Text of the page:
I happen to be a female. I had a 50% chance of being born that way and the majority of the time that’s my only thought about the fact that I am a female. That might sound odd, but I was raised by parents who told me I could do anything that I decided to do, and the fact that I am a female never entered into the conversation. Using my talents and doing good were the ideas we focused on. So, it stands to reason that I spend little time factoring my gender into any equation. There is nothing to prove because I am a woman. I am a human.
The assertive woman—really?
The circumstances that have allowed me to NOT consider my gender are significant though. Born to my parents, in this country and in the time I live, I have been blessed with great, and good fortune. I’ve been afforded opportunities by women who HAD to take their gender into consideration every day to get through their daily lives; women who fought for every single right I enjoy today that I don’t even think about in passing—until I’m asked to reflect on being a woman in a man’s world.
I’m standing on their shoulders for sure. However, there is certainly more work to do, as somehow, by virtue of biology, a woman’s work contribution is valued less than a man’s. The glass ceiling exists! An assertive woman is called a (not nice name), but a man is considered powerful for the same trait… and there are more. Every single one of these things drives me crazy! I hear my mother say, “Leave a situation better than what you found it.” So, the work continues.
A world view of women
Globally, we know that women suffer mightily at the hands of men. The stories we hear are shocking, sickening and saddening. What can we possibly do to change the circumstances for those half a world away?
I believe we can be role models and citizens of the world. We must continue to pursue our equal rights and gender equality here in our home town, our lives, and our world. I believe that we each have a sphere of influence and that we must use it for good. It doesn’t matter the size of the sphere, it matters what we do with it.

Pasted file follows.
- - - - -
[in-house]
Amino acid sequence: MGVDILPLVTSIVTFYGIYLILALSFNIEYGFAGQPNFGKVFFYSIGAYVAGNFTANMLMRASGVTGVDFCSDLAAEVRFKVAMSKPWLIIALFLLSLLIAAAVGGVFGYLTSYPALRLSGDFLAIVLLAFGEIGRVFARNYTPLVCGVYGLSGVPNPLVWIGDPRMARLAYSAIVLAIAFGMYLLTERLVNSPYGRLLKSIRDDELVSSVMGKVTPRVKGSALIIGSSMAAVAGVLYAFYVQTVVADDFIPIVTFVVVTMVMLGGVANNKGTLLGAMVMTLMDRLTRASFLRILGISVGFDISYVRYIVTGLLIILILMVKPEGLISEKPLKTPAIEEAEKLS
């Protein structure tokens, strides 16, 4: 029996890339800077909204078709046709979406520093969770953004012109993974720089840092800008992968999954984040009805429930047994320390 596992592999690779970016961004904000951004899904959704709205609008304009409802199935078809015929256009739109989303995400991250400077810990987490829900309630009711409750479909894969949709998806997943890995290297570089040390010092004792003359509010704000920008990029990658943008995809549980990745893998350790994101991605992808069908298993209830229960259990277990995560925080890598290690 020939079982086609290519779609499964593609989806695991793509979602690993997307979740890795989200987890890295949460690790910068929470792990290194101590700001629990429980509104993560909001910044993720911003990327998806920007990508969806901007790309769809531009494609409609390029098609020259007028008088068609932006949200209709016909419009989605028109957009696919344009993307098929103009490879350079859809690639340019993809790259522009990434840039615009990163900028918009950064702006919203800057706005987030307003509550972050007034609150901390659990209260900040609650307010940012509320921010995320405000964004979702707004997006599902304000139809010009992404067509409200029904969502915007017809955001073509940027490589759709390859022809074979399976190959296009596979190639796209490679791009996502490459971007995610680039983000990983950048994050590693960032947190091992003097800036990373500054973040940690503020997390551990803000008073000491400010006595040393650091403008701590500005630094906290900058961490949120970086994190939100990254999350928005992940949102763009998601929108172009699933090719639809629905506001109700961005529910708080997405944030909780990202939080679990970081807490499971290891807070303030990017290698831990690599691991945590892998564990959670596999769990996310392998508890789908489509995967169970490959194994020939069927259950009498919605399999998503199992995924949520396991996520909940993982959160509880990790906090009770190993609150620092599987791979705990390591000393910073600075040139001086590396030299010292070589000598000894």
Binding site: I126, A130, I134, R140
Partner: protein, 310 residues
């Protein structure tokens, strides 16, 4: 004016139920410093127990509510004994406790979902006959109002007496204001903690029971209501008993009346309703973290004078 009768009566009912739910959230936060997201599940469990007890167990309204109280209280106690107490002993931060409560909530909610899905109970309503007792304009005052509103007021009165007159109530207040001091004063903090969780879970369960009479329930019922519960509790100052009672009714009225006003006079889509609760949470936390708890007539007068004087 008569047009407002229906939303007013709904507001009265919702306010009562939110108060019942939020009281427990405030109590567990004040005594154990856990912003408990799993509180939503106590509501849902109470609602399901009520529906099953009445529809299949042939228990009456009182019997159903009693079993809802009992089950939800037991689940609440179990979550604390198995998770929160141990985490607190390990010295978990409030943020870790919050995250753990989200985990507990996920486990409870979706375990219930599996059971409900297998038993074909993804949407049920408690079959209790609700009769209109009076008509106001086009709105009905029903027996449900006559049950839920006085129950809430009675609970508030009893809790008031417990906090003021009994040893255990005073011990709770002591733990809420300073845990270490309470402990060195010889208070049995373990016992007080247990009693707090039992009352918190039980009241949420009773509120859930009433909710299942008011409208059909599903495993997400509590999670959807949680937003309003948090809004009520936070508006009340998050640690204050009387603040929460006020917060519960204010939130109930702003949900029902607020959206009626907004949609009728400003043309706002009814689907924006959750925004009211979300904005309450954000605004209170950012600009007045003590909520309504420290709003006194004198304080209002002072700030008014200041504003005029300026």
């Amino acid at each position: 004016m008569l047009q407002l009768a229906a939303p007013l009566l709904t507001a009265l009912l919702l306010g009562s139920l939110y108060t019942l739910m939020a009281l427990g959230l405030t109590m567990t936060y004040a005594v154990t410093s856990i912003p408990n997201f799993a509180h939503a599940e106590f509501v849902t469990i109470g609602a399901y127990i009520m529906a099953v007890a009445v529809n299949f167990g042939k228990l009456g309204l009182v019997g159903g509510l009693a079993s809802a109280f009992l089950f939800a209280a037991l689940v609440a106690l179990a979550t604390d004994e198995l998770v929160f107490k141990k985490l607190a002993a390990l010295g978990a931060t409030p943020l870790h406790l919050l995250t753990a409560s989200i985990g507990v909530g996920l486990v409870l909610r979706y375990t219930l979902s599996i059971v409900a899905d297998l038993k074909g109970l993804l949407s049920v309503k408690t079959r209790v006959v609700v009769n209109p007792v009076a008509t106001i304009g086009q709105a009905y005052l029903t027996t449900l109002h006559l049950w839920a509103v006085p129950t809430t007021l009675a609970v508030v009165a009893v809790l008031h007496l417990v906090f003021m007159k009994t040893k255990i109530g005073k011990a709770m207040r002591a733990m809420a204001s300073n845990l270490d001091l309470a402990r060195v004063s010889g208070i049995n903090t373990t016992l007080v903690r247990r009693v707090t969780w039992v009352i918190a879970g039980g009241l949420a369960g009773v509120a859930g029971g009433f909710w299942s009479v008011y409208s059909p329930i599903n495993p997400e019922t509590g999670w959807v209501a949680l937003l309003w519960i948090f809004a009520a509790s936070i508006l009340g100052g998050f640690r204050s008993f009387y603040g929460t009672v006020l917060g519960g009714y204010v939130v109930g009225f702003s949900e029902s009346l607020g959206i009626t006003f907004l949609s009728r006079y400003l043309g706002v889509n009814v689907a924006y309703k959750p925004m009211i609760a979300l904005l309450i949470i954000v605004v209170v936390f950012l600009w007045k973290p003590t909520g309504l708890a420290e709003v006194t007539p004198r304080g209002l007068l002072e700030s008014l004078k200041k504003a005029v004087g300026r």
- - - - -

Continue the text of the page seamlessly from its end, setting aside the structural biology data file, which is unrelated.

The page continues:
Perhaps, although maybe not in our lifetime, the efforts we put forth today will allow many to stand on our shoulders for many tomorrows. One day, we may all be just humans in a human world.
I attended the University of Akron and received a Bachelor’s of Science in Biology and went on to work in the healthcare field. I was a dialysis technician in an outpatient facility and started pursuing an MBA at Case Western Reserve University on a part time basis. I went on to work in a teaching hospital as a dialysis technician, then was hired as part of team to start up a local office of a national company providing home dialysis services. That office also added home infusion therapy services and eventually I worked for the Corporate offices and then back to the field in a district position. Eventually, I went to work for a privately held company as the President and CEO providing outpatient dialysis, home care and specialty pharmaceutical compounding. In my tenure at that company, we grew from 50 to 300+ employees and almost tripled our revenue in just under five years.
In 2001, I decided to leave healthcare and buy my own company. I closed on Commercial Cutting in July of 2002. Since then, Commercial has grown from being a trade finisher to a display company, providing world class displays to the most recognizable brands in the world.